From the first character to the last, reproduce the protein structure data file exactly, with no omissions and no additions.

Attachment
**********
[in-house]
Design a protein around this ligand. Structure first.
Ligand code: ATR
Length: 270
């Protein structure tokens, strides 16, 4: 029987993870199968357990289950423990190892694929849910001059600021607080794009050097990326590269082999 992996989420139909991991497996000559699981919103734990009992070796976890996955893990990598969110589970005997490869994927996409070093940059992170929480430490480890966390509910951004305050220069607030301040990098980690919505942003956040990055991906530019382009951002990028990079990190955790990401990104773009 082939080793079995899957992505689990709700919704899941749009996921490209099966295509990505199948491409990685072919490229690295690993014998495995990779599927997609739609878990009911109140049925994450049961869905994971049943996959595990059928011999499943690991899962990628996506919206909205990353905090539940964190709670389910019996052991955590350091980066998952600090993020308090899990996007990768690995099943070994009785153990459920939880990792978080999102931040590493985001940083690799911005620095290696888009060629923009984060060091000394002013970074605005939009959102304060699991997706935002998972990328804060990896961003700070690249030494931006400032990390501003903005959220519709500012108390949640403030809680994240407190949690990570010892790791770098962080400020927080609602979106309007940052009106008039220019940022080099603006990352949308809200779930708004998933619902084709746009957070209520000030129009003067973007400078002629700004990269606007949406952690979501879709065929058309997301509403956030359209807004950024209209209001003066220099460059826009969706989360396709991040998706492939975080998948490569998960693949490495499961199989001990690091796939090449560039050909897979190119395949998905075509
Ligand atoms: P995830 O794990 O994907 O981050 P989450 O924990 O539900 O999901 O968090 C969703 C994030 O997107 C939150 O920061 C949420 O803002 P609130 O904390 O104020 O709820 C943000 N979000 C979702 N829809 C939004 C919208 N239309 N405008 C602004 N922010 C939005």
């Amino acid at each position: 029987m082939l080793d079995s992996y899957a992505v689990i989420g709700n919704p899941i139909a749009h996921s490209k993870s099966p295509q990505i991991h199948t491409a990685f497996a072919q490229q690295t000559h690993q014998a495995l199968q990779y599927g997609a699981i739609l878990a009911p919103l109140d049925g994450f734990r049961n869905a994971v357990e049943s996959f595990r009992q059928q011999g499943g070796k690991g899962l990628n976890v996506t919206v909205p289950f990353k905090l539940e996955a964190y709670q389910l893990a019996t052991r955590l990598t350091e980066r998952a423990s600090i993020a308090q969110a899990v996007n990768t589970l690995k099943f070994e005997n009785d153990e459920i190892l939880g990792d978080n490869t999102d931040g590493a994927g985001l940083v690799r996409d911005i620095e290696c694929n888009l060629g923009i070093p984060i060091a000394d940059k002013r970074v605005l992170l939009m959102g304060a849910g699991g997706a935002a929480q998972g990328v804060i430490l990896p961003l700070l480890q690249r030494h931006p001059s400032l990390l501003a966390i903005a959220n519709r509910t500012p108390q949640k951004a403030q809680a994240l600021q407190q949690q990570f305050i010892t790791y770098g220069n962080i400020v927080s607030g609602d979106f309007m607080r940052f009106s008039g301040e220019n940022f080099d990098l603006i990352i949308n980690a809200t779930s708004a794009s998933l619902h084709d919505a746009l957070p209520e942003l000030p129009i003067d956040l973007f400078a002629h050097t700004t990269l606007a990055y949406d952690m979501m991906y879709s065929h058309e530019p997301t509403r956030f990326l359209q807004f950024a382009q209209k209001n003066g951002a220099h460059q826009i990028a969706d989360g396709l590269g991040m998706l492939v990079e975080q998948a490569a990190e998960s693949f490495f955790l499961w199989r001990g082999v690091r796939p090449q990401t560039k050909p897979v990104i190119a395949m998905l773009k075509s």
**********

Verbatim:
[in-house]
Design a protein around this ligand. Structure first.
Ligand code: ATR
Length: 270
């Protein structure tokens, strides 16, 4: 029987993870199968357990289950423990190892694929849910001059600021607080794009050097990326590269082999 992996989420139909991991497996000559699981919103734990009992070796976890996955893990990598969110589970005997490869994927996409070093940059992170929480430490480890966390509910951004305050220069607030301040990098980690919505942003956040990055991906530019382009951002990028990079990190955790990401990104773009 082939080793079995899957992505689990709700919704899941749009996921490209099966295509990505199948491409990685072919490229690295690993014998495995990779599927997609739609878990009911109140049925994450049961869905994971049943996959595990059928011999499943690991899962990628996506919206909205990353905090539940964190709670389910019996052991955590350091980066998952600090993020308090899990996007990768690995099943070994009785153990459920939880990792978080999102931040590493985001940083690799911005620095290696888009060629923009984060060091000394002013970074605005939009959102304060699991997706935002998972990328804060990896961003700070690249030494931006400032990390501003903005959220519709500012108390949640403030809680994240407190949690990570010892790791770098962080400020927080609602979106309007940052009106008039220019940022080099603006990352949308809200779930708004998933619902084709746009957070209520000030129009003067973007400078002629700004990269606007949406952690979501879709065929058309997301509403956030359209807004950024209209209001003066220099460059826009969706989360396709991040998706492939975080998948490569998960693949490495499961199989001990690091796939090449560039050909897979190119395949998905075509
Ligand atoms: P995830 O794990 O994907 O981050 P989450 O924990 O539900 O999901 O968090 C969703 C994030 O997107 C939150 O920061 C949420 O803002 P609130 O904390 O104020 O709820 C943000 N979000 C979702 N829809 C939004 C919208 N239309 N405008 C602004 N922010 C939005």
């Amino acid at each position: 029987m082939l080793d079995s992996y899957a992505v689990i989420g709700n919704p899941i139909a749009h996921s490209k993870s099966p295509q990505i991991h199948t491409a990685f497996a072919q490229q690295t000559h690993q014998a495995l199968q990779y599927g997609a699981i739609l878990a009911p919103l109140d049925g994450f734990r049961n869905a994971v357990e049943s996959f595990r009992q059928q011999g499943g070796k690991g899962l990628n976890v996506t919206v909205p289950f990353k905090l539940e996955a964190y709670q389910l893990a019996t052991r955590l990598t350091e980066r998952a423990s600090i993020a308090q969110a899990v996007n990768t589970l690995k099943f070994e005997n009785d153990e459920i190892l939880g990792d978080n490869t999102d931040g590493a994927g985001l940083v690799r996409d911005i620095e290696c694929n888009l060629g923009i070093p984060i060091a000394d940059k002013r970074v605005l992170l939009m959102g304060a849910g699991g997706a935002a929480q998972g990328v804060i430490l990896p961003l700070l480890q690249r030494h931006p001059s400032l990390l501003a966390i903005a959220n519709r509910t500012p108390q949640k951004a403030q809680a994240l600021q407190q949690q990570f305050i010892t790791y770098g220069n962080i400020v927080s607030g609602d979106f309007m607080r940052f009106s008039g301040e220019n940022f080099d990098l603006i990352i949308n980690a809200t779930s708004a794009s998933l619902h084709d919505a746009l957070p209520e942003l000030p129009i003067d956040l973007f400078a002629h050097t700004t990269l606007a990055y949406d952690m979501m991906y879709s065929h058309e530019p997301t509403r956030f990326l359209q807004f950024a382009q209209k209001n003066g951002a220099h460059q826009i990028a969706d989360g396709l590269g991040m998706l492939v990079e975080q998948a490569a990190e998960s693949f490495f955790l499961w199989r001990g082999v690091r796939p090449q990401t560039k050909p897979v990104i190119a395949m998905l773009k075509s």